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Future of H-4 Visas In Doubt

The H-1B visa has got a lot of attention in part because the window to enter the H-1B lottery approaches, but also because its future is unclear. While still a candidate for president, Donald Trump spoke out against the use of H-1B visas to bring immigrants to America to fill jobs that he contended could and should be filled by Americans. His “Buy American and Hire American” executive order last year called for departments to do what they could to reduce the reliance on immigrant workers, and last fall, the Department of Homeland Security responded by “proposing to remove from its regulations certain H-4 spouses of H-1B nonimmigrants as a class of aliens eligible for employment authorization,” according to a regulatory agenda item. 

H-4 visas are typically issued to the spouses and children of temporary workers who receive H-1B status. The visa relies on the recipient of the H-1B remaining in status, and the holders’ length of stay cannot exceed that of the person with the H-1B.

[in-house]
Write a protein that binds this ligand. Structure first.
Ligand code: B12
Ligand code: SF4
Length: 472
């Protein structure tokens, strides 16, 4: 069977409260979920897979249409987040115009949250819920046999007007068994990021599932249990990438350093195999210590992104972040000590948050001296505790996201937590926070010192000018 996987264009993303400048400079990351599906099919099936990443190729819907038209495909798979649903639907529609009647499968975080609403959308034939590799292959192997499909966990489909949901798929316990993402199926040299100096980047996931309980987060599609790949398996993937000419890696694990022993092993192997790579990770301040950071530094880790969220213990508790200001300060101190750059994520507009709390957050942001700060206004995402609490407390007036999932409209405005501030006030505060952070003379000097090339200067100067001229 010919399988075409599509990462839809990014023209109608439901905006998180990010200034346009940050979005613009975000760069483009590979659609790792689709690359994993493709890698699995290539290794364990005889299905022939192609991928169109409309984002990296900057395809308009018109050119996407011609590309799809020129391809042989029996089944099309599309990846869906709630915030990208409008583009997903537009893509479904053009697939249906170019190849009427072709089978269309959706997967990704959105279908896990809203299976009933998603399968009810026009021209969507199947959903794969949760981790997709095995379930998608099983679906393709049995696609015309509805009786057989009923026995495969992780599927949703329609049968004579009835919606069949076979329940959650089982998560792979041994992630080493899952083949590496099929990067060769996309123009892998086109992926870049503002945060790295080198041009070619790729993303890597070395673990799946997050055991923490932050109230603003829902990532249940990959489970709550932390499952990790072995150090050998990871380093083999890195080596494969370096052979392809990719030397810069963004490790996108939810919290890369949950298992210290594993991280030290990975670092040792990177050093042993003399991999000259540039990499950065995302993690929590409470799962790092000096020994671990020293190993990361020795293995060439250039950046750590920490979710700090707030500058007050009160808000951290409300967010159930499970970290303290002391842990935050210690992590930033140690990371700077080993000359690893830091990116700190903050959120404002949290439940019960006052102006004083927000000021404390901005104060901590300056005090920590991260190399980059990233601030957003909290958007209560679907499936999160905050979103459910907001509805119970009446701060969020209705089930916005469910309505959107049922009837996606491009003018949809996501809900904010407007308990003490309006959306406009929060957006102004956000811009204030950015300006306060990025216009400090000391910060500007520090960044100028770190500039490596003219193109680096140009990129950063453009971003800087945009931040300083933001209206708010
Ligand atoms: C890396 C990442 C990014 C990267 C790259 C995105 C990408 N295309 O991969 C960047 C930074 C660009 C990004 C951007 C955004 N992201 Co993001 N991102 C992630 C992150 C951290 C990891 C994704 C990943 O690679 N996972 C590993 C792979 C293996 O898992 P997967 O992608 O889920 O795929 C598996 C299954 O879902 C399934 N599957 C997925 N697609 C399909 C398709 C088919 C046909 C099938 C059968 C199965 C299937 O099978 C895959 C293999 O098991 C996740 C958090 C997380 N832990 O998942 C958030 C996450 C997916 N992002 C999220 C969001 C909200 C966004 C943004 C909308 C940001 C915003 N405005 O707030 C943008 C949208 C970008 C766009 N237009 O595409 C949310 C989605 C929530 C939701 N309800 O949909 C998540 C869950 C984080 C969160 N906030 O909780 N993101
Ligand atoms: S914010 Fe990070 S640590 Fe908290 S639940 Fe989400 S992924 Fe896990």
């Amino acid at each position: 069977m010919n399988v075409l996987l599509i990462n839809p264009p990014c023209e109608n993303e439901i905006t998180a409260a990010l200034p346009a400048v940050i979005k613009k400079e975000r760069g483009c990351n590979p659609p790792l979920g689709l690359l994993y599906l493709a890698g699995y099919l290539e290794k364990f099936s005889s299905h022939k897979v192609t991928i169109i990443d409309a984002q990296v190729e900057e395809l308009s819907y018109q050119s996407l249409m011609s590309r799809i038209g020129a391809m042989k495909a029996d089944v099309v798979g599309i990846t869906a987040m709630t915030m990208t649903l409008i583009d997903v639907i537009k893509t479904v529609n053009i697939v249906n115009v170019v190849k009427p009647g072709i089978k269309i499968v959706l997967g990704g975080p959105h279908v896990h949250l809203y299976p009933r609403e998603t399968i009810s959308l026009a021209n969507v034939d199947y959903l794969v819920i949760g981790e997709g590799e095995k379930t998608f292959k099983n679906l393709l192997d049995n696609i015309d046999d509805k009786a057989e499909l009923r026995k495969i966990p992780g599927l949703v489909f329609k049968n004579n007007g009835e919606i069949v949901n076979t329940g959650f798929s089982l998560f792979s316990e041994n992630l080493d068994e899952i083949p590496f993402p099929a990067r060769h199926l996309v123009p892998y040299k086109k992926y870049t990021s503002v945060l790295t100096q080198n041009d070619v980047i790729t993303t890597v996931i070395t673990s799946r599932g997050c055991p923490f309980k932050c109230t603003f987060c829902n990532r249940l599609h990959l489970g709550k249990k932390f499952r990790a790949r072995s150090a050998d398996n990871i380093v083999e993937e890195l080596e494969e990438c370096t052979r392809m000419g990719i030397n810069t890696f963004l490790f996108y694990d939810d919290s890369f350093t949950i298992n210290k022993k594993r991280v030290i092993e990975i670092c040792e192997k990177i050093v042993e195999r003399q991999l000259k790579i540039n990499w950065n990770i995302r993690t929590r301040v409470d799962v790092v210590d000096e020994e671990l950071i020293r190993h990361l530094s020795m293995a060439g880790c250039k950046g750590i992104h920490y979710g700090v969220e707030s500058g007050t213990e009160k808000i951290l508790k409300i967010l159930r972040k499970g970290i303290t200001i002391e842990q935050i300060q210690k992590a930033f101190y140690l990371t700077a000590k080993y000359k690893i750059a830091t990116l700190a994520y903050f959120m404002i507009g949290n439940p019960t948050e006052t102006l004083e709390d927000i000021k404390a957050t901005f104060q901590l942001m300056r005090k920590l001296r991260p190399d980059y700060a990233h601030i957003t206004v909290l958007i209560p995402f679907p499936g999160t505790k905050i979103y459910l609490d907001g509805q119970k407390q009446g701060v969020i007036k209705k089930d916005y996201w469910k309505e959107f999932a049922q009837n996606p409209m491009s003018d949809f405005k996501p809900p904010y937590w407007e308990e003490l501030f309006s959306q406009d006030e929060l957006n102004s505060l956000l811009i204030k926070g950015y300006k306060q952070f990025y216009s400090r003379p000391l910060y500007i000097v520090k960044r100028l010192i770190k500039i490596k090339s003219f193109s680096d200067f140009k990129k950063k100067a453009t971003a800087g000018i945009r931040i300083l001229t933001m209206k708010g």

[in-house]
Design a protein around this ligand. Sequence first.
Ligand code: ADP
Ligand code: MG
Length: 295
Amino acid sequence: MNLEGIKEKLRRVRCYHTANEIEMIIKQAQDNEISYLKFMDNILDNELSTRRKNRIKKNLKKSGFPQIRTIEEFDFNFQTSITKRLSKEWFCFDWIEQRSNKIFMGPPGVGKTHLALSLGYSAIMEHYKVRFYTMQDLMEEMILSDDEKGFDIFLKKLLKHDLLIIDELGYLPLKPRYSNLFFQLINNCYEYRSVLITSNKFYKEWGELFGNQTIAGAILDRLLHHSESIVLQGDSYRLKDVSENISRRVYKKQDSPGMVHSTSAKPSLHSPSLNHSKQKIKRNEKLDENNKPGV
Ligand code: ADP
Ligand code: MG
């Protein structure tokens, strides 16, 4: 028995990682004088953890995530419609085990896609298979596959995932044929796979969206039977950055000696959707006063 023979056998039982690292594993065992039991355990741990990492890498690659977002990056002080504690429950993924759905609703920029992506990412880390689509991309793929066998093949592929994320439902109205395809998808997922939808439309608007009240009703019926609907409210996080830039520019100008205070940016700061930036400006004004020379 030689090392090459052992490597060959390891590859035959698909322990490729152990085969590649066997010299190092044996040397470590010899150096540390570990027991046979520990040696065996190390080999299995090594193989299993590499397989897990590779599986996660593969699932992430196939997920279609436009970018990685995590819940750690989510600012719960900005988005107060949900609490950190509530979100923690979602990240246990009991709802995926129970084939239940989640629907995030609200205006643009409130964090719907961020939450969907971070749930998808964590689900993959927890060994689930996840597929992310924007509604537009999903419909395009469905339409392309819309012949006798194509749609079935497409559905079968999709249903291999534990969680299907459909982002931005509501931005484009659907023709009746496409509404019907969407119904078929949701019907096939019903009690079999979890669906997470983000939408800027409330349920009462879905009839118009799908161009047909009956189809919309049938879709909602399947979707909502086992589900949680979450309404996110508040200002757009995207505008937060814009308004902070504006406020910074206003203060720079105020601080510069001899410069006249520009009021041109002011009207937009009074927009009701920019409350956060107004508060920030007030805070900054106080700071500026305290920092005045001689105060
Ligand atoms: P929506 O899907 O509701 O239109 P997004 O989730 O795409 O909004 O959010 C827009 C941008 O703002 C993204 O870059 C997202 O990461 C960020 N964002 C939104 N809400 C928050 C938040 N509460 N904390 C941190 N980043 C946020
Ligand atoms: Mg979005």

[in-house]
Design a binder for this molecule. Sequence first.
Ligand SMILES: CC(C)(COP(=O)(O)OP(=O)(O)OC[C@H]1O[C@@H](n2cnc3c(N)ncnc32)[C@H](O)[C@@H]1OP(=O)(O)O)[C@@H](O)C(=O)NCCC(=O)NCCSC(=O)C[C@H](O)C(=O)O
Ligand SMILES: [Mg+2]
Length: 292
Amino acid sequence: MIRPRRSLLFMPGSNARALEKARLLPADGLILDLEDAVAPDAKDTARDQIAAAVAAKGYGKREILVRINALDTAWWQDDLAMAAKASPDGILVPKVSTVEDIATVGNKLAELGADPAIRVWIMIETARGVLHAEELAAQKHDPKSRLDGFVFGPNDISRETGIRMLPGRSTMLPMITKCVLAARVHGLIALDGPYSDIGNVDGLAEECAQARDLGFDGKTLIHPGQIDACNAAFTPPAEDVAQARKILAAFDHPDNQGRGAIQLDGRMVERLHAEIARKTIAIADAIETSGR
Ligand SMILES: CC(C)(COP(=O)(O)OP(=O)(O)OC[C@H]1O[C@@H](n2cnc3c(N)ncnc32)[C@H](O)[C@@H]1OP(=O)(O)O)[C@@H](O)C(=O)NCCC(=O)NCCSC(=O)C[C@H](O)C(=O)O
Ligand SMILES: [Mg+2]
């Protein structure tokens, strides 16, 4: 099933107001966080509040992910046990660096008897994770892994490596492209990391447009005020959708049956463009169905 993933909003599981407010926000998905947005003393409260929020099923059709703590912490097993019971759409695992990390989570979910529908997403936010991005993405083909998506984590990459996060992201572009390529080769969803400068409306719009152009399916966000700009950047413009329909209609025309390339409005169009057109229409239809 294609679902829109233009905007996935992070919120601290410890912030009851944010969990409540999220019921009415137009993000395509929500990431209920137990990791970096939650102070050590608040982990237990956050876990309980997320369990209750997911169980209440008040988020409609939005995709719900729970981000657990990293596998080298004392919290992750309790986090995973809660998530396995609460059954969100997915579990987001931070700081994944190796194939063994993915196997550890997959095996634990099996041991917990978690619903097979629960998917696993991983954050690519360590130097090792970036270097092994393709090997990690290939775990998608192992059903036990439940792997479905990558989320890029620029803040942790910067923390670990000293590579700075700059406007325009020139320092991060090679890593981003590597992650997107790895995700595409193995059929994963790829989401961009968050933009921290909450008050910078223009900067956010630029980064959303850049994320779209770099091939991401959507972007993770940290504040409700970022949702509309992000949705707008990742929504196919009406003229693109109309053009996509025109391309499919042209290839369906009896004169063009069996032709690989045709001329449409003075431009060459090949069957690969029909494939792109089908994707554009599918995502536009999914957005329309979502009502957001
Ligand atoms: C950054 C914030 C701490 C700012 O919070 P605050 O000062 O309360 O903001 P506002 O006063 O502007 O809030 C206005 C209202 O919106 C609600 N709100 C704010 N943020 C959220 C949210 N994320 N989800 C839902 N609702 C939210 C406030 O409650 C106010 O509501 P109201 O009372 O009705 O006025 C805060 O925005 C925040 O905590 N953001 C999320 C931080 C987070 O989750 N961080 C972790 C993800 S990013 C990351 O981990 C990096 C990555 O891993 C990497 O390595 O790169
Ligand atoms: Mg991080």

The H-4 visa allows H-1B recipients to bring their families to the United States to live with them for the duration of their stay. Dean Garfield, the president and CEO of the Information Technology Industry Council, argues that the H-4 is indirectly connected to America’s ability to compete in the global marketplace: 

Giving high-skilled immigrants the peace of mind knowing that they can move their families to the United States, and their spouses can make an honest living and provide for their family not only keeps families together but also bolsters the United States' ability to compete globally, incentivizing innovators and job creators to come here to work instead of other countries.

The proposed change would disproportionately affect women, who make up the majority of H-4 recipients. Since 2015, USCIS had approved almost 105,000 work permits to those holding H-4 visas, which doesn’t even make up three percent of the work permits granted during that time.

Right now, those with or applying for H-4 visas are faced with the uncertainty many immigrants deal with under our current administration. The change proposed has not been officially adopted, and the administration plans to wait until June to make a final decision. In the meantime, DHS will investigate the economic repercussions of the proposed change.

Those working in the U.S. on an H-4 visa may wish to explore seeking H-1B status for themselves, or they may wish to see if other visa types might be available to them. Those who wish to do so should get advice from a reputable immigration attorney.


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